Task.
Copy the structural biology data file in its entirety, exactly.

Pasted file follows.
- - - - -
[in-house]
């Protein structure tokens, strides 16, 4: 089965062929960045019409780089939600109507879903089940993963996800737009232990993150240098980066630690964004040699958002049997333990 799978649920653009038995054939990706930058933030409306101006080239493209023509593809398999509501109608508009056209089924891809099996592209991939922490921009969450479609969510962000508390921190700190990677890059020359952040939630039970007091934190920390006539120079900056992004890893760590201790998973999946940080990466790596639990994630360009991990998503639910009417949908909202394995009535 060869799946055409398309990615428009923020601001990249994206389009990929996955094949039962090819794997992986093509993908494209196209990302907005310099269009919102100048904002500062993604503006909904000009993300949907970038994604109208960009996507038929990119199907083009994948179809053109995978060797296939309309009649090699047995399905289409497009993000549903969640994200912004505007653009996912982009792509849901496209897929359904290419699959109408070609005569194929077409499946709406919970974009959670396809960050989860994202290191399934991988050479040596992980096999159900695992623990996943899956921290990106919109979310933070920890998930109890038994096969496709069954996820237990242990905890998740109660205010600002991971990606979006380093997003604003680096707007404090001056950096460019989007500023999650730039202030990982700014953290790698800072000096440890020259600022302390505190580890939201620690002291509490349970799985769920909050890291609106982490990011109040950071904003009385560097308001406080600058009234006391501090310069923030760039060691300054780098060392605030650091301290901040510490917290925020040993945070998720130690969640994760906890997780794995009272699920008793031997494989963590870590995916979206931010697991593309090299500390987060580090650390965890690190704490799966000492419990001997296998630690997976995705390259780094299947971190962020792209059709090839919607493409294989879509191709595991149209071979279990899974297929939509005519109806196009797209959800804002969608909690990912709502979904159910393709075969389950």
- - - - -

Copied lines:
[in-house]
């Protein structure tokens, strides 16, 4: 089965062929960045019409780089939600109507879903089940993963996800737009232990993150240098980066630690964004040699958002049997333990 799978649920653009038995054939990706930058933030409306101006080239493209023509593809398999509501109608508009056209089924891809099996592209991939922490921009969450479609969510962000508390921190700190990677890059020359952040939630039970007091934190920390006539120079900056992004890893760590201790998973999946940080990466790596639990994630360009991990998503639910009417949908909202394995009535 060869799946055409398309990615428009923020601001990249994206389009990929996955094949039962090819794997992986093509993908494209196209990302907005310099269009919102100048904002500062993604503006909904000009993300949907970038994604109208960009996507038929990119199907083009994948179809053109995978060797296939309309009649090699047995399905289409497009993000549903969640994200912004505007653009996912982009792509849901496209897929359904290419699959109408070609005569194929077409499946709406919970974009959670396809960050989860994202290191399934991988050479040596992980096999159900695992623990996943899956921290990106919109979310933070920890998930109890038994096969496709069954996820237990242990905890998740109660205010600002991971990606979006380093997003604003680096707007404090001056950096460019989007500023999650730039202030990982700014953290790698800072000096440890020259600022302390505190580890939201620690002291509490349970799985769920909050890291609106982490990011109040950071904003009385560097308001406080600058009234006391501090310069923030760039060691300054780098060392605030650091301290901040510490917290925020040993945070998720130690969640994760906890997780794995009272699920008793031997494989963590870590995916979206931010697991593309090299500390987060580090650390965890690190704490799966000492419990001997296998630690997976995705390259780094299947971190962020792209059709090839919607493409294989879509191709595991149209071979279990899974297929939509005519109806196009797209959800804002969608909690990912709502979904159910393709075969389950």